November 19, 2012
We heat up when we’re working hard. Computers do, too. And as big data continues to get bigger, we’re asking these machines to work even harder, which means they require more energy than ever.
The Massachusetts Green High Performance Computing Center, a new nine-acre, $165 million high-tech center in Holyoke, Mass., addresses those challenges in novel ways. The center, which officially opened its doors on Friday and counts Northeastern University as a partner institution, will be capable of running 20 thousand computational cores with a quarter of the energy required to power similarly sized computing facilities.
At a ribbon cutting ceremony on Friday afternoon, provost and senior vice president for academic affairs Stevphen W. Director said the center will “facilitate collaboration with our partnership institutions as a regional powerhouse in high performance computing and applications.”
The revolutionary center is a collaboration of Northeastern, the state of Massachusetts, Boston University, the Massachusetts Institute of Technology, Harvard University, Cisco Systems and EMC Corporation, a Hopkinton-based data-storage company founded by Northeastern engineering alumni. The facility’s high-speed computers will be used to analyze complex scientific problems, such as the evolution of the galaxy.
“It was the brainchild of university presidents and Massachusetts Gov. Deval Patrick to create a supercomputing facility that would provide a central resource for New England to focus on two things: green technologies and high-performance computing, ” said electrical and computer engineering professor Dave Kaeli, who is on the MGHPCC Research Committee.
The facility itself boasts several green components. It is powered and cooled by the nearby Connecticut River, for example, and many of the construction materials came from the demolished buildings that previously rested at the site. The arrangement of the computing cores was even designed in such a way as to minimize heat output.
“Many of the technologies being studied or modeled with the facility will target green technologies,” he explained.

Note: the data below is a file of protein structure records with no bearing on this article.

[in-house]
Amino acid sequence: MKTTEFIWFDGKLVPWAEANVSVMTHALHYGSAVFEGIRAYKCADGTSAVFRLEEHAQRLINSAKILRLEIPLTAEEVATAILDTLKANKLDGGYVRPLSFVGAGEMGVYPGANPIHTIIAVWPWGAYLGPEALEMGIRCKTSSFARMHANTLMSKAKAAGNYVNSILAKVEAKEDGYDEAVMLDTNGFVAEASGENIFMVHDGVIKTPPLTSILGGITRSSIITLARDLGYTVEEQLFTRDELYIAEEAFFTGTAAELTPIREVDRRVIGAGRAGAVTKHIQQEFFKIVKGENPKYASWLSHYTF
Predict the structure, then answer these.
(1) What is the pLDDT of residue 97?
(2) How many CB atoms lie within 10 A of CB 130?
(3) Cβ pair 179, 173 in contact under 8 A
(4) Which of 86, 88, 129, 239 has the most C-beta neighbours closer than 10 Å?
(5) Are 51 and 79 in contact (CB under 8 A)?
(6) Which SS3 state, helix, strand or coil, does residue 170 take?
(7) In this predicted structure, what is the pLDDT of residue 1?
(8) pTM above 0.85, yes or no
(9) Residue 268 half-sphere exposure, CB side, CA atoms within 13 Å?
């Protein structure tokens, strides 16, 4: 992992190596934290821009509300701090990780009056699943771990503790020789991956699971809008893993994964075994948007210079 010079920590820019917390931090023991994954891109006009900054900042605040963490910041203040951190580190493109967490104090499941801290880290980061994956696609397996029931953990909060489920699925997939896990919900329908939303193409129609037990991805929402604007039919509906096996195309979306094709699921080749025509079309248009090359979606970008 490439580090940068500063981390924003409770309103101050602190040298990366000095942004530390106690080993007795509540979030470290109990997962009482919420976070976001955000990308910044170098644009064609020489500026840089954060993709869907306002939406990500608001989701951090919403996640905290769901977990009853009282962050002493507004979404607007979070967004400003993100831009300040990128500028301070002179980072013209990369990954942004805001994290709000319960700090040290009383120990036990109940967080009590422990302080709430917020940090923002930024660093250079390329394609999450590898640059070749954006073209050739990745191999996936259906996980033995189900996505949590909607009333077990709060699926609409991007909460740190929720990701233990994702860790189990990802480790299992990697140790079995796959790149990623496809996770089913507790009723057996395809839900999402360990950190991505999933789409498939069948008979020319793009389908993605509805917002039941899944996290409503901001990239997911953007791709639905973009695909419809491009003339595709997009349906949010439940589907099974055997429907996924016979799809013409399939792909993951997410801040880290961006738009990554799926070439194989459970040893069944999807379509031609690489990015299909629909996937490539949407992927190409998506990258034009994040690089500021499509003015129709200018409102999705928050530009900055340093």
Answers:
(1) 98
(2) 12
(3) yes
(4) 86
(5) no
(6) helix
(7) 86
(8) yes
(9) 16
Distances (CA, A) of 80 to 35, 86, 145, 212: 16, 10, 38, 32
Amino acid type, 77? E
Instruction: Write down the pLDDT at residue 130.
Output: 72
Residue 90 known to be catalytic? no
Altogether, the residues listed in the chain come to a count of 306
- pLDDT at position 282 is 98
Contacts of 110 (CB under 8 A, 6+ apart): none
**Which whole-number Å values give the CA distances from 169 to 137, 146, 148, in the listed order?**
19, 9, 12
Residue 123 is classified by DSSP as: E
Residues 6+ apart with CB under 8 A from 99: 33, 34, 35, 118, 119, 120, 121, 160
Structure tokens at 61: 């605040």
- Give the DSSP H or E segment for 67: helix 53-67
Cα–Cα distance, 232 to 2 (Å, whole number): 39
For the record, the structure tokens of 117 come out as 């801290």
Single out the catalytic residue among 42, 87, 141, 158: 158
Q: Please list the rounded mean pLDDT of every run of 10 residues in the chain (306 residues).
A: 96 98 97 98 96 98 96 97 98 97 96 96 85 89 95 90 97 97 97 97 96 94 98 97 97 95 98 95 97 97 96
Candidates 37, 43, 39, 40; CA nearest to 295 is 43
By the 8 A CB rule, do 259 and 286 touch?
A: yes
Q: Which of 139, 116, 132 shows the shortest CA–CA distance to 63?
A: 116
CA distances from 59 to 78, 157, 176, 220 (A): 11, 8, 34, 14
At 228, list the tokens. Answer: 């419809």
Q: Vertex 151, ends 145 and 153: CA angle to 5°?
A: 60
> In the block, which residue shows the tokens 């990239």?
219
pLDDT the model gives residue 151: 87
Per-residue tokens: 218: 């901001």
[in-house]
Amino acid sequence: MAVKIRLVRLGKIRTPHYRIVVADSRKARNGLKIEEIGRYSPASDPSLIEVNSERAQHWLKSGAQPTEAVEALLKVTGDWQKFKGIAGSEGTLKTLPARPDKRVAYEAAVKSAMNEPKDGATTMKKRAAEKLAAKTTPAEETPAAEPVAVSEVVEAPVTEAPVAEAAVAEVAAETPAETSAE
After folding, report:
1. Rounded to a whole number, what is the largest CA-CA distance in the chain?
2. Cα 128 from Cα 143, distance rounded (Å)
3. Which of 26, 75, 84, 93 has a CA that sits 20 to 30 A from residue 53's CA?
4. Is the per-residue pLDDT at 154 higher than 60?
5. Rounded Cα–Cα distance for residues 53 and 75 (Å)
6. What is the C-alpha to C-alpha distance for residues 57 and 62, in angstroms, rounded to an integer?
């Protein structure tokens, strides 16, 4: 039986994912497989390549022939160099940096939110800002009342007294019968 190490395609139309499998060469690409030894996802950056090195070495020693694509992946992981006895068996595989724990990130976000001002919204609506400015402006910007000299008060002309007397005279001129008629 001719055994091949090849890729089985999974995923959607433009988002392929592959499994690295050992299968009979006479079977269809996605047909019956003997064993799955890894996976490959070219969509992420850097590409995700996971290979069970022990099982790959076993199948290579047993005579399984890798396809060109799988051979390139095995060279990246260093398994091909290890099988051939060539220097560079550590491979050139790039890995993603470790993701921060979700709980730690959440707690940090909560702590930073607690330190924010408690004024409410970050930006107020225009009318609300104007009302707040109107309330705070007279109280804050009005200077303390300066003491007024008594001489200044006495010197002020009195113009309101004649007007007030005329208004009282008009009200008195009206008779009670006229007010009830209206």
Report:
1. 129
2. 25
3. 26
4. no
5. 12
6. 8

Members of the Northeastern community attended the MGHPCC ribbon cutting ceremony on Friday. Photo courtesy of Tim Leshan.
A year before the facility was completed, seed grants were awarded to enable collaboration among the university partners. Two teams including three Northeastern faculty members were among the seven awarded. Kaeli and Hossein Mosallaei, associate professor of electrical and computer engineering, teamed with Harvard professor Efthimios Kaxiras to study the behavior of metals and dielectric and magnetic particles. Gunar Schirner, an assistant professor of electrical and computer engineering, is working with Boston University professors Ayse K. Coskun and Martin C. Herbordt to measure and improve the energy efficiency of high-performance computing. Awardees of a second round of seed funding will be announced in January.
With the center now complete, these preliminary studies will begin to move research on line. “It provides us with the ability to accommodate the needs of a growing faculty group that is interested in high performance computing,” said Director.
Gov. Patrick, an early proponent of the facility, also attended Friday’s ribbon-cutting ceremony.
“This landmark project is a testament to what is possible when government, academia and business work together,” he said, “and it will serve as an economic development model for the state and the nation for generations to come.”